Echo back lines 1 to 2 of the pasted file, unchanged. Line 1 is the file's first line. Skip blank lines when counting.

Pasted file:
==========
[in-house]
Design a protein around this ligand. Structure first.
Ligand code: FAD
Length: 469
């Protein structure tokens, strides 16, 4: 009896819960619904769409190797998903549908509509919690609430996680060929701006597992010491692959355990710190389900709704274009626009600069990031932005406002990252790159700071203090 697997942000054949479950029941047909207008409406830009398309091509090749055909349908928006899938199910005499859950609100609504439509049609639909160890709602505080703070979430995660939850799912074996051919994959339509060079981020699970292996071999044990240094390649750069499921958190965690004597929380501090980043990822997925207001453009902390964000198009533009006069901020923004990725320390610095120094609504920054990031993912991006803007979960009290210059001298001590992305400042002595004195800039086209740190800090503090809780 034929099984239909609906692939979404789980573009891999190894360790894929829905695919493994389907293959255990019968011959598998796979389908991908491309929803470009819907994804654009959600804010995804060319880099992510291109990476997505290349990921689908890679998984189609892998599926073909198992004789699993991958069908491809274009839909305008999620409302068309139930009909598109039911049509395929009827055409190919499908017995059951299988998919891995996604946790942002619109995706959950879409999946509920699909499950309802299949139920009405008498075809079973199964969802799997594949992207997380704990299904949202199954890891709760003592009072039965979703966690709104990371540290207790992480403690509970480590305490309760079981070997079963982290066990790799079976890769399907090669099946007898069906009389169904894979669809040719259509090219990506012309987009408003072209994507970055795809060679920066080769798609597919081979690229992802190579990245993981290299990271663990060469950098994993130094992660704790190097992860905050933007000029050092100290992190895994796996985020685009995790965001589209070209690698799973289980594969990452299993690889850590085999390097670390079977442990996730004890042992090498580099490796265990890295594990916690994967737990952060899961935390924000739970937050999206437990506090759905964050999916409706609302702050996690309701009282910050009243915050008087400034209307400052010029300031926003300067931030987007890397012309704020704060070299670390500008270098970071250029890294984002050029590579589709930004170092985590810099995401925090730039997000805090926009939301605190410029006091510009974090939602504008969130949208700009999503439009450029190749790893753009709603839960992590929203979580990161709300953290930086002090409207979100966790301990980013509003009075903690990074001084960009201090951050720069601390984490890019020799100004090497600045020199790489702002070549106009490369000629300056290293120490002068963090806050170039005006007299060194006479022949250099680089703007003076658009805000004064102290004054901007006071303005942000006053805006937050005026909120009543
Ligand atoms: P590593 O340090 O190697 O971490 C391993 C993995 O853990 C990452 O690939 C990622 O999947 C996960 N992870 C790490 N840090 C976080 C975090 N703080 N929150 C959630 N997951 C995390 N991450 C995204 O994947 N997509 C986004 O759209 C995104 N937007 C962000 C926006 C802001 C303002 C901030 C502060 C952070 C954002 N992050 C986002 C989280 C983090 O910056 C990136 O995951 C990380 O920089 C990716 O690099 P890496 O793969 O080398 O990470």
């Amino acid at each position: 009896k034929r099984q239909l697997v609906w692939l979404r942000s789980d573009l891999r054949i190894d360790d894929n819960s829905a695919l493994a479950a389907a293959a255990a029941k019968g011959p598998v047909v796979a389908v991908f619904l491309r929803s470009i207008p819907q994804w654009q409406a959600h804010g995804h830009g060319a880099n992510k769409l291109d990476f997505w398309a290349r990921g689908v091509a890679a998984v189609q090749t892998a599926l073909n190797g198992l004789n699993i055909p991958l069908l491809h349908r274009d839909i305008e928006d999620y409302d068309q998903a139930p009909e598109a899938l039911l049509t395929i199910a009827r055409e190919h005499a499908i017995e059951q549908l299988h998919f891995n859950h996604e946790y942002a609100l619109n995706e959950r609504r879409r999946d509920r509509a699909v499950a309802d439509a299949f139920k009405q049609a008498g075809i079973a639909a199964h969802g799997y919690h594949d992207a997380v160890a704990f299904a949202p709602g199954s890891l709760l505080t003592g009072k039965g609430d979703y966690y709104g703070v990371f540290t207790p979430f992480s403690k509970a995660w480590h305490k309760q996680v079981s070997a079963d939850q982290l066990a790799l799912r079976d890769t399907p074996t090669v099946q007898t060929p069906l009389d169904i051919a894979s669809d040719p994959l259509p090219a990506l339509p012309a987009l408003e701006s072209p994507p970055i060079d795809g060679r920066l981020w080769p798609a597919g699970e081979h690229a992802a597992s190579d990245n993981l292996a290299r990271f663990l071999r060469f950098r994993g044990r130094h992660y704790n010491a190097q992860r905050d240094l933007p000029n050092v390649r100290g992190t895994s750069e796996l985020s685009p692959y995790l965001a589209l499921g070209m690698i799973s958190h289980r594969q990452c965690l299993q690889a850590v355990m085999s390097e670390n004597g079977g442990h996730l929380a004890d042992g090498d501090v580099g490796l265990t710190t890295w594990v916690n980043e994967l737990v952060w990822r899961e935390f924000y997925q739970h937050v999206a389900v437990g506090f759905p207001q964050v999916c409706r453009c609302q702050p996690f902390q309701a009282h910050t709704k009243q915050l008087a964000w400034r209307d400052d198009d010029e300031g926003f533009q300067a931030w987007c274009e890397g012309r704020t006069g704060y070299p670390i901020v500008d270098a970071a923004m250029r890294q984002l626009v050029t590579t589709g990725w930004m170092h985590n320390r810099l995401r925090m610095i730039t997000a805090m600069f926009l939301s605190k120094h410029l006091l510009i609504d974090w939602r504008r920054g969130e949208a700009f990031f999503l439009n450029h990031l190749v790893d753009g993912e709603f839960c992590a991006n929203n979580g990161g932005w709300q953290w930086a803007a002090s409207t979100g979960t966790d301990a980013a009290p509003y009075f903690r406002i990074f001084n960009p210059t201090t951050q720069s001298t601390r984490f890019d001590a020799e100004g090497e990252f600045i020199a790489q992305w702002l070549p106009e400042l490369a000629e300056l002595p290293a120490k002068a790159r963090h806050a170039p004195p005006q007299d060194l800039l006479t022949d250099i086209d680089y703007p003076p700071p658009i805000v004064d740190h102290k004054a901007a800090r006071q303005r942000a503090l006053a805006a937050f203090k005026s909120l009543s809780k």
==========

[in-house]
Design a protein around this ligand. Structure first.